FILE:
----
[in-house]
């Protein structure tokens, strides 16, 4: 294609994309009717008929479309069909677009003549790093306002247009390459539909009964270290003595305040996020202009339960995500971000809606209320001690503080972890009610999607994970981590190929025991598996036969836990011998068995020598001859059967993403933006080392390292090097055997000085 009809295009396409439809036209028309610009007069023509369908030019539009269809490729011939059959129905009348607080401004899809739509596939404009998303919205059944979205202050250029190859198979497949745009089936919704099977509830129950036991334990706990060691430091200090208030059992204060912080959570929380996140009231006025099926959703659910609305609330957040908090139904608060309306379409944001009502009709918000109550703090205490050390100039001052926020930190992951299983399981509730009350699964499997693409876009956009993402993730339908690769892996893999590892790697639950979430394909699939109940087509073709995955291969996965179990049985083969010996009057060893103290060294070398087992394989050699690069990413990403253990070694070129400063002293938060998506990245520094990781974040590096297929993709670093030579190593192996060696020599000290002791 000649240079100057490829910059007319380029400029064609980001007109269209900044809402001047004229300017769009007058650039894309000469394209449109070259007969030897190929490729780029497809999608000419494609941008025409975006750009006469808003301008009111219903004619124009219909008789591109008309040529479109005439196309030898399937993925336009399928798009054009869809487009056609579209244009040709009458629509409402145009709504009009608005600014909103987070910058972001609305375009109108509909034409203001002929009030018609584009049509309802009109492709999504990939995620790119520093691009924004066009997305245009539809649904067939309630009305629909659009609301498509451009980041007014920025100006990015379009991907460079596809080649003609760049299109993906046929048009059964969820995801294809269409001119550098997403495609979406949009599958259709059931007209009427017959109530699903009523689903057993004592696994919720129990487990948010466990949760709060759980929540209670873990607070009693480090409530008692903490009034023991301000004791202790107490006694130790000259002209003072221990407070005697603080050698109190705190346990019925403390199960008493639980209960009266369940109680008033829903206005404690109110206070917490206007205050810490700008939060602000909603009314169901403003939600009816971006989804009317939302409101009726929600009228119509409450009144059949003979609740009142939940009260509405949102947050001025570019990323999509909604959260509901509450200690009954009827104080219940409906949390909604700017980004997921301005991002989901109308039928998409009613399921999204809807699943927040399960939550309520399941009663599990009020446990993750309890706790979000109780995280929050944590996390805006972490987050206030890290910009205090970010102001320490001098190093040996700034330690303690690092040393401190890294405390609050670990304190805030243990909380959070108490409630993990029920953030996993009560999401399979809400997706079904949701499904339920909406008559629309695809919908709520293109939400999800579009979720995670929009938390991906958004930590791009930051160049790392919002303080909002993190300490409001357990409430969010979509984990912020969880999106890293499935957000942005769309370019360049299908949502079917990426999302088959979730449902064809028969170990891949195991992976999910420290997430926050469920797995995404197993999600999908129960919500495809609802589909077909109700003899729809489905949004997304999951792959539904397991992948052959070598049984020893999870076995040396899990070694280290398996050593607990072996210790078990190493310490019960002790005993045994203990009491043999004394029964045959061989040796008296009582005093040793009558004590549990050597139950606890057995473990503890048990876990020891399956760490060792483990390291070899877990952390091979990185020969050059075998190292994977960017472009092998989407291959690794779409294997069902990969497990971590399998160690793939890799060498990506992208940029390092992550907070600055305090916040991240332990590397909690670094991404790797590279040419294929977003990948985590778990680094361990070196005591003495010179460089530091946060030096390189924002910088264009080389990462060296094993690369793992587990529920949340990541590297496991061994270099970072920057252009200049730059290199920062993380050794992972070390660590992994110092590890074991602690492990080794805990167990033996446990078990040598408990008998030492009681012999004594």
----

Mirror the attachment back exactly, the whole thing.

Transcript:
[in-house]
């Protein structure tokens, strides 16, 4: 294609994309009717008929479309069909677009003549790093306002247009390459539909009964270290003595305040996020202009339960995500971000809606209320001690503080972890009610999607994970981590190929025991598996036969836990011998068995020598001859059967993403933006080392390292090097055997000085 009809295009396409439809036209028309610009007069023509369908030019539009269809490729011939059959129905009348607080401004899809739509596939404009998303919205059944979205202050250029190859198979497949745009089936919704099977509830129950036991334990706990060691430091200090208030059992204060912080959570929380996140009231006025099926959703659910609305609330957040908090139904608060309306379409944001009502009709918000109550703090205490050390100039001052926020930190992951299983399981509730009350699964499997693409876009956009993402993730339908690769892996893999590892790697639950979430394909699939109940087509073709995955291969996965179990049985083969010996009057060893103290060294070398087992394989050699690069990413990403253990070694070129400063002293938060998506990245520094990781974040590096297929993709670093030579190593192996060696020599000290002791 000649240079100057490829910059007319380029400029064609980001007109269209900044809402001047004229300017769009007058650039894309000469394209449109070259007969030897190929490729780029497809999608000419494609941008025409975006750009006469808003301008009111219903004619124009219909008789591109008309040529479109005439196309030898399937993925336009399928798009054009869809487009056609579209244009040709009458629509409402145009709504009009608005600014909103987070910058972001609305375009109108509909034409203001002929009030018609584009049509309802009109492709999504990939995620790119520093691009924004066009997305245009539809649904067939309630009305629909659009609301498509451009980041007014920025100006990015379009991907460079596809080649003609760049299109993906046929048009059964969820995801294809269409001119550098997403495609979406949009599958259709059931007209009427017959109530699903009523689903057993004592696994919720129990487990948010466990949760709060759980929540209670873990607070009693480090409530008692903490009034023991301000004791202790107490006694130790000259002209003072221990407070005697603080050698109190705190346990019925403390199960008493639980209960009266369940109680008033829903206005404690109110206070917490206007205050810490700008939060602000909603009314169901403003939600009816971006989804009317939302409101009726929600009228119509409450009144059949003979609740009142939940009260509405949102947050001025570019990323999509909604959260509901509450200690009954009827104080219940409906949390909604700017980004997921301005991002989901109308039928998409009613399921999204809807699943927040399960939550309520399941009663599990009020446990993750309890706790979000109780995280929050944590996390805006972490987050206030890290910009205090970010102001320490001098190093040996700034330690303690690092040393401190890294405390609050670990304190805030243990909380959070108490409630993990029920953030996993009560999401399979809400997706079904949701499904339920909406008559629309695809919908709520293109939400999800579009979720995670929009938390991906958004930590791009930051160049790392919002303080909002993190300490409001357990409430969010979509984990912020969880999106890293499935957000942005769309370019360049299908949502079917990426999302088959979730449902064809028969170990891949195991992976999910420290997430926050469920797995995404197993999600999908129960919500495809609802589909077909109700003899729809489905949004997304999951792959539904397991992948052959070598049984020893999870076995040396899990070694280290398996050593607990072996210790078990190493310490019960002790005993045994203990009491043999004394029964045959061989040796008296009582005093040793009558004590549990050597139950606890057995473990503890048990876990020891399956760490060792483990390291070899877990952390091979990185020969050059075998190292994977960017472009092998989407291959690794779409294997069902990969497990971590399998160690793939890799060498990506992208940029390092992550907070600055305090916040991240332990590397909690670094991404790797590279040419294929977003990948985590778990680094361990070196005591003495010179460089530091946060030096390189924002910088264009080389990462060296094993690369793992587990529920949340990541590297496991061994270099970072920057252009200049730059290199920062993380050794992972070390660590992994110092590890074991602690492990080794805990167990033996446990078990040598408990008998030492009681012999004594």